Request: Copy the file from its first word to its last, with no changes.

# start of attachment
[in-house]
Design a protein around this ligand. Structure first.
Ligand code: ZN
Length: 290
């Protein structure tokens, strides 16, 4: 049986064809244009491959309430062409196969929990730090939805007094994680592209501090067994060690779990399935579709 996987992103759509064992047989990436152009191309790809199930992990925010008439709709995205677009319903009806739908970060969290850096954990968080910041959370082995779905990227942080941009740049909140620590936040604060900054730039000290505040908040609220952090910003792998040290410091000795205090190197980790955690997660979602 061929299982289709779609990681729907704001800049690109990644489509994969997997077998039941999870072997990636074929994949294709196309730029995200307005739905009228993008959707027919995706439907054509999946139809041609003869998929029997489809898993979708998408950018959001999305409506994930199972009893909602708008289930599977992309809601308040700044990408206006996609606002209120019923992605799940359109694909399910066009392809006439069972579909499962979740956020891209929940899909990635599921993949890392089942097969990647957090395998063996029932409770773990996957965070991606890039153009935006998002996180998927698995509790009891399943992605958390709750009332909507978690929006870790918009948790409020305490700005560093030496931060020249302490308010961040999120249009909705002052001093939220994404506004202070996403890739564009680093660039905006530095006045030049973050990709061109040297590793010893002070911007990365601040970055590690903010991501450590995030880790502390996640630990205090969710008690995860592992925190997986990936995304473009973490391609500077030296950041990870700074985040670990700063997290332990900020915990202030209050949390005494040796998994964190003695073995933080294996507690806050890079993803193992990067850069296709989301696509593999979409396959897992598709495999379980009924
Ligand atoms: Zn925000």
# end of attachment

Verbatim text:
[in-house]
Design a protein around this ligand. Structure first.
Ligand code: ZN
Length: 290
């Protein structure tokens, strides 16, 4: 049986064809244009491959309430062409196969929990730090939805007094994680592209501090067994060690779990399935579709 996987992103759509064992047989990436152009191309790809199930992990925010008439709709995205677009319903009806739908970060969290850096954990968080910041959370082995779905990227942080941009740049909140620590936040604060900054730039000290505040908040609220952090910003792998040290410091000795205090190197980790955690997660979602 061929299982289709779609990681729907704001800049690109990644489509994969997997077998039941999870072997990636074929994949294709196309730029995200307005739905009228993008959707027919995706439907054509999946139809041609003869998929029997489809898993979708998408950018959001999305409506994930199972009893909602708008289930599977992309809601308040700044990408206006996609606002209120019923992605799940359109694909399910066009392809006439069972579909499962979740956020891209929940899909990635599921993949890392089942097969990647957090395998063996029932409770773990996957965070991606890039153009935006998002996180998927698995509790009891399943992605958390709750009332909507978690929006870790918009948790409020305490700005560093030496931060020249302490308010961040999120249009909705002052001093939220994404506004202070996403890739564009680093660039905006530095006045030049973050990709061109040297590793010893002070911007990365601040970055590690903010991501450590995030880790502390996640630990205090969710008690995860592992925190997986990936995304473009973490391609500077030296950041990870700074985040670990700063997290332990900020915990202030209050949390005494040796998994964190003695073995933080294996507690806050890079993803193992990067850069296709989301696509593999979409396959897992598709495999379980009924
Ligand atoms: Zn925000």